Free Fares Policies: Impact on Public Transport Mode Share and Other Transport Policy Goals
Journal article, Peer reviewed
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Original versionInternational Journal of Transportation. 2013, 1 (1), 75-90. 10.14257/ijt.2013.1.1.05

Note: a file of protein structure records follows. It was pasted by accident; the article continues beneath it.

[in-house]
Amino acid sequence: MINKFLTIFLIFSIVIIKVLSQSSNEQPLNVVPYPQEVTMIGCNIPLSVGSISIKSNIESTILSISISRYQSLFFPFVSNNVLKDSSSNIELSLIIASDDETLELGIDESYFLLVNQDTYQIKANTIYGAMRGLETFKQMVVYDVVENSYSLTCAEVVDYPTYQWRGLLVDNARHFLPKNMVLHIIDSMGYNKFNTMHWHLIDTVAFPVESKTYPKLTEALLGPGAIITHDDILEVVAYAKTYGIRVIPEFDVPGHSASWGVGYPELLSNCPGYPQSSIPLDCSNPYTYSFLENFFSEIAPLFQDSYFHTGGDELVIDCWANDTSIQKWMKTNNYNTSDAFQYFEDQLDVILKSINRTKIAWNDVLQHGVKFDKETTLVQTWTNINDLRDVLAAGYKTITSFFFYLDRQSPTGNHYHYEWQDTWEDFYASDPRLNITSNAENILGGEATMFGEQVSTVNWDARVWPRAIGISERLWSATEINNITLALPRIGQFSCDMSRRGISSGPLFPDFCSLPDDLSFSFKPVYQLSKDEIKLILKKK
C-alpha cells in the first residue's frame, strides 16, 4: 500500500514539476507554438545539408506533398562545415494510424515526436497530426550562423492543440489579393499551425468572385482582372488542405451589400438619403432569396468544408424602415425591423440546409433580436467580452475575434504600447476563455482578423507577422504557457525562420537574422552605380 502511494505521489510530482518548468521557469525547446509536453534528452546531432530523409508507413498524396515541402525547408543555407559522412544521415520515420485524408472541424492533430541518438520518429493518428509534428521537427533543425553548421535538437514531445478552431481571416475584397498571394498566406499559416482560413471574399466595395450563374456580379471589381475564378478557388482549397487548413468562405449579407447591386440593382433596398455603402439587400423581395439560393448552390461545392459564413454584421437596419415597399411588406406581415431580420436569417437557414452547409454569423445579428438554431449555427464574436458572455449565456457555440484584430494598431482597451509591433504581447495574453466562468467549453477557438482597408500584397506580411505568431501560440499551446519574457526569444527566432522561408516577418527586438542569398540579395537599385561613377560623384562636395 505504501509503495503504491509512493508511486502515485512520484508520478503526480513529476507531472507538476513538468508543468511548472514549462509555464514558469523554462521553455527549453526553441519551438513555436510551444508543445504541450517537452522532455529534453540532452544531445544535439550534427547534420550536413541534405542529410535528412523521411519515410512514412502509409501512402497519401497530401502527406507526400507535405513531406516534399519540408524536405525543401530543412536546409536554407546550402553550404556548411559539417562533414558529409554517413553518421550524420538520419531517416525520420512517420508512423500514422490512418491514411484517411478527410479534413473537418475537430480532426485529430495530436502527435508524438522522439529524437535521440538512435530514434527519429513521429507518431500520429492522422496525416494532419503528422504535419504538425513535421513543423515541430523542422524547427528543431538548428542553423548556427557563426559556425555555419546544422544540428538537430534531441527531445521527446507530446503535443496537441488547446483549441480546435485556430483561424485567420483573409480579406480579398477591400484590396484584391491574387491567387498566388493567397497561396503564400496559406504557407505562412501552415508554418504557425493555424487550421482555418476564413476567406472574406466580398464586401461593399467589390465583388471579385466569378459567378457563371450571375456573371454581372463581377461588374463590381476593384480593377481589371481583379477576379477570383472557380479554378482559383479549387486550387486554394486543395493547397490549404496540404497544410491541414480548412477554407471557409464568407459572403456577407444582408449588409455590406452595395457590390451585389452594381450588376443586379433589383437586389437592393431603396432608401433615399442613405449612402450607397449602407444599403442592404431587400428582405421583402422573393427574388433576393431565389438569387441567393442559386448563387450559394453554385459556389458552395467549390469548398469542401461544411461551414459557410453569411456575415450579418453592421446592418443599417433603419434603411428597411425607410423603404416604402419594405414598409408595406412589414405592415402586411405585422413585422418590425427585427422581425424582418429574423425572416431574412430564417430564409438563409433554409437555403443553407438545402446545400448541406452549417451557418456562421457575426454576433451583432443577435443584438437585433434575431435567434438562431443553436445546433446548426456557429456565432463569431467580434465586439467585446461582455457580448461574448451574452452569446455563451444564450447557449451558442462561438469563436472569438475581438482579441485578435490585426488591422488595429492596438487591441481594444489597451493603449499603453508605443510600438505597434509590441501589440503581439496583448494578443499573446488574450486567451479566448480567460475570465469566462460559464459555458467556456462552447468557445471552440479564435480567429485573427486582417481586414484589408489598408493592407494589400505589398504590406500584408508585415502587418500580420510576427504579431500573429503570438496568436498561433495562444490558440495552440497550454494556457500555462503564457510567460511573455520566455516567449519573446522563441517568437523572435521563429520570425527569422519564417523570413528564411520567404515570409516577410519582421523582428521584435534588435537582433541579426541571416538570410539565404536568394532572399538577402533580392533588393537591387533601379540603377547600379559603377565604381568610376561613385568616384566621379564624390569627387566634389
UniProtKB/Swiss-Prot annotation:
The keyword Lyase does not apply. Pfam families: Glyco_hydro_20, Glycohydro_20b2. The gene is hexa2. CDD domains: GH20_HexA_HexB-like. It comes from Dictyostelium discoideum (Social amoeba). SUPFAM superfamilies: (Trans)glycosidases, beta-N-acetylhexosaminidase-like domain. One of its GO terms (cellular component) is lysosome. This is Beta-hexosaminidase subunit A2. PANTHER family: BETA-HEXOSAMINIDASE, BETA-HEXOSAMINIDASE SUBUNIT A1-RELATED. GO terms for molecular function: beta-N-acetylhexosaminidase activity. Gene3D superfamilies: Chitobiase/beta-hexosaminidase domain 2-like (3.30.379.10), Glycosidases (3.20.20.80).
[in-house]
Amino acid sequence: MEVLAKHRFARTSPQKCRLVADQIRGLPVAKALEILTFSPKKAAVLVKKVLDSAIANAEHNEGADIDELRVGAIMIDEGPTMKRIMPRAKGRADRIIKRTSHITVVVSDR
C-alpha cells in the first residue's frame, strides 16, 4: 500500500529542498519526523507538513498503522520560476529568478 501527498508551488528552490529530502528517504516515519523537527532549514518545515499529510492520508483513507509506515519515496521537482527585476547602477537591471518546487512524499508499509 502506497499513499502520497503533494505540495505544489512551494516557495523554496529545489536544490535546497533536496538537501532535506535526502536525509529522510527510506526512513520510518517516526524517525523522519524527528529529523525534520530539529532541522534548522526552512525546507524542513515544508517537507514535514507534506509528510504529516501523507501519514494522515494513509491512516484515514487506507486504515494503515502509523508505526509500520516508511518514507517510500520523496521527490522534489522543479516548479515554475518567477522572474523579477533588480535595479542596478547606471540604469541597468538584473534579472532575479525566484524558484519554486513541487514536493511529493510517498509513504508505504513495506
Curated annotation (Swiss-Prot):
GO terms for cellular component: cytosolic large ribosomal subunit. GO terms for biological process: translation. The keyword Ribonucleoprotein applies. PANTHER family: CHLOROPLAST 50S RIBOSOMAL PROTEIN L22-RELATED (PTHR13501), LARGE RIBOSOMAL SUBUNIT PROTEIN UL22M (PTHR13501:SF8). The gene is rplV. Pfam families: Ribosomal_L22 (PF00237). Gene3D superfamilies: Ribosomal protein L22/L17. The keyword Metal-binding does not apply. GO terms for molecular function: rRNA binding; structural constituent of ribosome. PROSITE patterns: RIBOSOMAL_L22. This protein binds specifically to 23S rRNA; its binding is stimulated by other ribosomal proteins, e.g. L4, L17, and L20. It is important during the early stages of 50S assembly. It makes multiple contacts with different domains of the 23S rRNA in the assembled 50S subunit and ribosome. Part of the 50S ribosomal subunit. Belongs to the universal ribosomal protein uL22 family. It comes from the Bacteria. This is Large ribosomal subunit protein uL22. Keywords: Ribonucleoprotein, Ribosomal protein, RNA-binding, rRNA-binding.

This article investigates the merits of free public transport as a means to achieve a number of transport policy objectives, including mode shift towards public transport. It outlines some political and societal motivations behind proposals for free and low fare schemes, and presents key economic principles for public transport pricing. Examples of free fare schemes mainly from Europe are summarised and their impacts synthesised. Although free public transport at a first glance may seem attractive both from economic, social and environmental perspectives, the message learnt from a number of schemes is that free public transport offers poor goal achievement in all these respects, and at a high cost. The main effect is a huge growth in patronage, up to 13-fold increase is reported, of which the larger brunt is shifted from walk/cycle, or induced. The effects on car traffic levels are marginal and typically they are offset already after a few years’ traffic growth. Successful free public transport schemes are those whose goal is mainly to grow patronage. Congestion relief, social and environmental benefits are best achieved with more targeted measures, or in combination with such measures.